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Phishing Scam Targets AmEx Customers

E-mails posing as messages from the credit card firm AmEx (American Express) are hitting consumers' mailboxes this month (December 2009), reports HELP NET SECURITY on December 17, 2009.

Beginning with 'Dear Customer' to address the recipient, the unsolicited e-mail states that the technical service section of AmEx has just found that the user's information filed with the company is incomplete. Unmistakably, the e-mail provides a file number for reference.
Subsequently, it (the e-mail) requests that if the user is unable to click the link, then he may copy it into the address bar of his browser. It thanks the recipient for his swift attention to this crucial issue.

The message tries to sound genuine as it states that in case the recipient fails to update his account information within 48-hours, he would have only restricted access to the account.

Finally, the e-mail signs off expressing gratitude on behalf of 'American Express Company, Member FDIC.'

Meanwhile, if anyone follows the link embedded in the e-mail, he would land onto a mimicked AmEx website on which supplying the requested details would help cybercriminals to intercept the same.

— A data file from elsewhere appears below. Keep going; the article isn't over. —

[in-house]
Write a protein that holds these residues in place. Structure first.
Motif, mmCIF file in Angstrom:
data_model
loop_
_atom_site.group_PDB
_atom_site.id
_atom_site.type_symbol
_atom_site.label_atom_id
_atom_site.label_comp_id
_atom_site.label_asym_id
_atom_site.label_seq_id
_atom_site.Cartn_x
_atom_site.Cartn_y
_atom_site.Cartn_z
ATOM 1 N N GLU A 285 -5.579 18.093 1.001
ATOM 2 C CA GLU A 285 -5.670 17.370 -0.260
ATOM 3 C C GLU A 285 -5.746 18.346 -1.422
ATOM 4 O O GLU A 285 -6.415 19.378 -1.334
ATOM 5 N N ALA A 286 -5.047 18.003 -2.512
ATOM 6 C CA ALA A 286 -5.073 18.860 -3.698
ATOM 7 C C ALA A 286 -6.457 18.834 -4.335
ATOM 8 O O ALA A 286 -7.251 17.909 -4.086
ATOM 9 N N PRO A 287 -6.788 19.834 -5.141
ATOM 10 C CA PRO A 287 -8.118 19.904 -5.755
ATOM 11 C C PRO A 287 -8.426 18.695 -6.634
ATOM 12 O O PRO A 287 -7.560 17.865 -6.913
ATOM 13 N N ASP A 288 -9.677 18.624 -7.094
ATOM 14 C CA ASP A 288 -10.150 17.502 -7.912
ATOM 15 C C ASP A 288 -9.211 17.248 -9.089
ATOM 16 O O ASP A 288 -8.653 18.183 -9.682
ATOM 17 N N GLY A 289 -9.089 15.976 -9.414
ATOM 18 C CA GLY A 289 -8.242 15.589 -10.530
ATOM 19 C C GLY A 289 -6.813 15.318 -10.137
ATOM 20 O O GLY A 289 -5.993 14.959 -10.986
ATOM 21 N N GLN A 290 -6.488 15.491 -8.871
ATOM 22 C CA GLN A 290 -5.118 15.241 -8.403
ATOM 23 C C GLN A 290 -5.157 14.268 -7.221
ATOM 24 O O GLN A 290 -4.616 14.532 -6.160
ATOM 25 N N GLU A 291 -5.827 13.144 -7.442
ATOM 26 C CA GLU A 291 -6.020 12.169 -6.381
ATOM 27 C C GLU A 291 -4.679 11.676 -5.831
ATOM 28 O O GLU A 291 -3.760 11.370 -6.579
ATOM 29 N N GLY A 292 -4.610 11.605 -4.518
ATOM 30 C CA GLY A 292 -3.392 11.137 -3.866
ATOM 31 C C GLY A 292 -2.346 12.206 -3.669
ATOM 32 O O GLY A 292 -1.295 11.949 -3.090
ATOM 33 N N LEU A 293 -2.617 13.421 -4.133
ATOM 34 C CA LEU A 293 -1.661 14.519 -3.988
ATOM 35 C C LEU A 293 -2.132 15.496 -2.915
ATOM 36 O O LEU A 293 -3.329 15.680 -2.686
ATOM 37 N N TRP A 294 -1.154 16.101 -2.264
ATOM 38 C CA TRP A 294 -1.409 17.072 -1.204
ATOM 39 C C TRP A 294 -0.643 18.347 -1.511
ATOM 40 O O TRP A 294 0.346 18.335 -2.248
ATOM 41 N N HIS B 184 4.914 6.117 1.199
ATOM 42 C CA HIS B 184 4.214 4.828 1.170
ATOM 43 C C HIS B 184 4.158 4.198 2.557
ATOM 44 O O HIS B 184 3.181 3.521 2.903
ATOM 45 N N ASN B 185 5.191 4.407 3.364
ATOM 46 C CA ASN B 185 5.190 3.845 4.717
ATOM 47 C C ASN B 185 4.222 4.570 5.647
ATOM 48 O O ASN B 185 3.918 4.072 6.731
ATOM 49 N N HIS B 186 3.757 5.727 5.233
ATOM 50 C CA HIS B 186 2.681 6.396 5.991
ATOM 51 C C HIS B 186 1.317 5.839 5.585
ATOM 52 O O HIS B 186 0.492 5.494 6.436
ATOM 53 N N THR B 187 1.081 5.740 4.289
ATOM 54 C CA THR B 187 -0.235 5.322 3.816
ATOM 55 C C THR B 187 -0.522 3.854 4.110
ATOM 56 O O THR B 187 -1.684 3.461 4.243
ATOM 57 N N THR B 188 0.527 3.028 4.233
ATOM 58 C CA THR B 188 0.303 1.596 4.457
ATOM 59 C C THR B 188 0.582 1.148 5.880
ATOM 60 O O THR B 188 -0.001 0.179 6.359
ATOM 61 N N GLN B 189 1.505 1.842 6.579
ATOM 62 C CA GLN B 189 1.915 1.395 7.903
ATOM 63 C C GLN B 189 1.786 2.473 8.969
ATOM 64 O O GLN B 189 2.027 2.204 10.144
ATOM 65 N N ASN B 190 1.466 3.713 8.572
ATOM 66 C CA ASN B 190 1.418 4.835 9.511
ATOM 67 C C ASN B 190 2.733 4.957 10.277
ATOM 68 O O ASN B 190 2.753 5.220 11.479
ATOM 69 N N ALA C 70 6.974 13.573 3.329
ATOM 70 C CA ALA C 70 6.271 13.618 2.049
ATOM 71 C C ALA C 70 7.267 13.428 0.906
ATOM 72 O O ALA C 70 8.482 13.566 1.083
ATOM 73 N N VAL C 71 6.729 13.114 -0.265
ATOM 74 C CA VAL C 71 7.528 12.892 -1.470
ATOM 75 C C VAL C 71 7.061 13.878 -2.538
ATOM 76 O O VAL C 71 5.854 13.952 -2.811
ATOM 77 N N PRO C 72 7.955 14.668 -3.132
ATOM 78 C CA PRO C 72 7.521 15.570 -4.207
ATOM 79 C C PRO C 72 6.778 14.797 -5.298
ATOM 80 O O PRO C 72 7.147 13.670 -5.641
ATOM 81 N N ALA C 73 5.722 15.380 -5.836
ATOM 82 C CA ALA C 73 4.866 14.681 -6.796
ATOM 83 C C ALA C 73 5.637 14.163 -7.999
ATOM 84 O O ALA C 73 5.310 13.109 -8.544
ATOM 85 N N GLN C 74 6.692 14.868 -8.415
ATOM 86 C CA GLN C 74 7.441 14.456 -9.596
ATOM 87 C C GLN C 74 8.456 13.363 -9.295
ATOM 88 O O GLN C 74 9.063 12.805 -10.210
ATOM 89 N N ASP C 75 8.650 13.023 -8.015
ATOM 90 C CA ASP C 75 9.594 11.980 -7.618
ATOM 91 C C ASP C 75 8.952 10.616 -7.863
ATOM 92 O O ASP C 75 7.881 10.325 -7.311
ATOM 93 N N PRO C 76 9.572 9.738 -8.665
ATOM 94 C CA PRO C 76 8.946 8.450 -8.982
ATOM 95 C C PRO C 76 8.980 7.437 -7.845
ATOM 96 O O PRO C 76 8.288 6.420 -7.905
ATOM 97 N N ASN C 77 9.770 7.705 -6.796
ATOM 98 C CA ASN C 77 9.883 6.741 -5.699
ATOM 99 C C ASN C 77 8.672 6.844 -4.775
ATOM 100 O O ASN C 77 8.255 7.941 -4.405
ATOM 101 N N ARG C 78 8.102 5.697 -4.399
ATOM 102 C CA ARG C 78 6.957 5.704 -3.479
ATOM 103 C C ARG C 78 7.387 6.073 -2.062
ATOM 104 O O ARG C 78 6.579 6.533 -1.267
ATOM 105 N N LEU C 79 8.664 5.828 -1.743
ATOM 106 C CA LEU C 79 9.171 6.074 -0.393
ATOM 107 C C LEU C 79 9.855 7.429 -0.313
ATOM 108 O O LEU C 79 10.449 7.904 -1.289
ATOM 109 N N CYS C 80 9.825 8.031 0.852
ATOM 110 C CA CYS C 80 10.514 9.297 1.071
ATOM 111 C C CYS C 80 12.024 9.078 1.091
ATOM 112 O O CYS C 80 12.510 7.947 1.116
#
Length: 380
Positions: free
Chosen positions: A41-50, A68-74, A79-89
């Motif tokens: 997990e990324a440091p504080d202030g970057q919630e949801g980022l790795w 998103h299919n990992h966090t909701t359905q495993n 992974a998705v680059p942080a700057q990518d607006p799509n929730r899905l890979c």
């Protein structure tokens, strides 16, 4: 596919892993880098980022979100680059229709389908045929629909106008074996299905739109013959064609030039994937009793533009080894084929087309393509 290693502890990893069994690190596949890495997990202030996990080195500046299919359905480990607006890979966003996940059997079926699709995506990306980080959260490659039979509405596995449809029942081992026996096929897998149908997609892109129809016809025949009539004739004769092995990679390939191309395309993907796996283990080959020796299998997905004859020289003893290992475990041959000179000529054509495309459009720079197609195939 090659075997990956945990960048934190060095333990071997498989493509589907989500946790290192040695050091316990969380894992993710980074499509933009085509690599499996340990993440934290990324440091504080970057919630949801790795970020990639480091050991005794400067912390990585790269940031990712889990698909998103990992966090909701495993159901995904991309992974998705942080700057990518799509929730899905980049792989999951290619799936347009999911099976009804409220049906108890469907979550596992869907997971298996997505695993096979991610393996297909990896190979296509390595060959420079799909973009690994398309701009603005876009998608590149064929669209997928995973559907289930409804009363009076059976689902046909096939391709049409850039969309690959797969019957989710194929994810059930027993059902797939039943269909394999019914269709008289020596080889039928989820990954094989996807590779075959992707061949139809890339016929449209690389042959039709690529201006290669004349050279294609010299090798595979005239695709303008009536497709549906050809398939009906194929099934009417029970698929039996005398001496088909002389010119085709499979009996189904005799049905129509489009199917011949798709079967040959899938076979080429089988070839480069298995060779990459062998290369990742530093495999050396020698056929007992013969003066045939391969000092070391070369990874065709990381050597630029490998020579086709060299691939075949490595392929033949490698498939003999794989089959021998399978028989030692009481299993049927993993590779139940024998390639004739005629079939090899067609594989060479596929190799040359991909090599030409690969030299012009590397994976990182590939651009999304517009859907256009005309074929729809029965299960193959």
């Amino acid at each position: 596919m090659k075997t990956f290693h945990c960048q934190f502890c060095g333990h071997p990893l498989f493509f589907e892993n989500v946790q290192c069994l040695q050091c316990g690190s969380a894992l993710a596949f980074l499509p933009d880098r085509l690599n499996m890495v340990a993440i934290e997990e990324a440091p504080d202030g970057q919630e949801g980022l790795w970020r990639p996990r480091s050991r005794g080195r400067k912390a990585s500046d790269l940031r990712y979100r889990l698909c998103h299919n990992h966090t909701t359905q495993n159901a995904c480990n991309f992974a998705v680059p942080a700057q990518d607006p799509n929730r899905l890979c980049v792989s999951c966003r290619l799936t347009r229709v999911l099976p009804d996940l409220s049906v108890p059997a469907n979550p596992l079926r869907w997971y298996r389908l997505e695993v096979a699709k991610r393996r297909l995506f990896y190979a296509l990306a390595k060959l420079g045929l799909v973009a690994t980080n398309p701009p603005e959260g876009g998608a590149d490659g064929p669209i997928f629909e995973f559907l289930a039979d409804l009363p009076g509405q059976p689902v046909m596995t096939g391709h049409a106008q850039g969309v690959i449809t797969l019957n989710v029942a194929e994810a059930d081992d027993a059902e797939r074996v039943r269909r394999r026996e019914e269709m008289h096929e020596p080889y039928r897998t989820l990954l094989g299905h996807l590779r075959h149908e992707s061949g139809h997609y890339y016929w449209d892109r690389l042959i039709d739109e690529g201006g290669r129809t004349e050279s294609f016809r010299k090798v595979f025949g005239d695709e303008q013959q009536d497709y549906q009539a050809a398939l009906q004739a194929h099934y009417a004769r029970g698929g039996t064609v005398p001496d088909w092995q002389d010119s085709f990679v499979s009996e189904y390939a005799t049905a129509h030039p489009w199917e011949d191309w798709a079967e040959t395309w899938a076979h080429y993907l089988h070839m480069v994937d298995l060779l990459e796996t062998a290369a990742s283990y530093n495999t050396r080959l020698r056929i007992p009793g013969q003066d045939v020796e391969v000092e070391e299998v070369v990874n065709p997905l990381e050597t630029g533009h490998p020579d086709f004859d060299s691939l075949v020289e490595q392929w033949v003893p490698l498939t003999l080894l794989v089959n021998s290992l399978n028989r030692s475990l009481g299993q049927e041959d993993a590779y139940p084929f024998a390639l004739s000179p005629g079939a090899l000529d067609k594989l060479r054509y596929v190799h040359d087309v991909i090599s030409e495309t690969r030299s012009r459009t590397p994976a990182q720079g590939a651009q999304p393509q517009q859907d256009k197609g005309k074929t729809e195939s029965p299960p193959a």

This phishing tactic is, reportedly, the most traditional ploy ever recorde; however, it isn't difficult to avoid. Users need to know that financial institutions and banks do not ever ask anyone to review personal information over e-mail or through online forms. So if such e-mails arrive, users should instantly recognize their hidden intention, viz. phishing, for stealing money.

Moreover, the subject lines of the e-mail message include customer notification, American Express Online Form, important instructions, important information, important alert, etc.

According to the security researchers, this type of e-mail scam as well as scams relating to phony delivery notice always become rife during holidays when plenty of buying-and-selling takes place online.

Hence, as best practices, users must find out if a website they decide to access contains the right spellings. They must also check the statements of their credit cards regularly and if they find anything suspicious they must contact their credit card firms. Lastly, they must delete the phishing e-mail after forwarding it to the concerned officials.

Related article: Phishing With A Redirector Code

» SPAMfighter News - 12/26/2009

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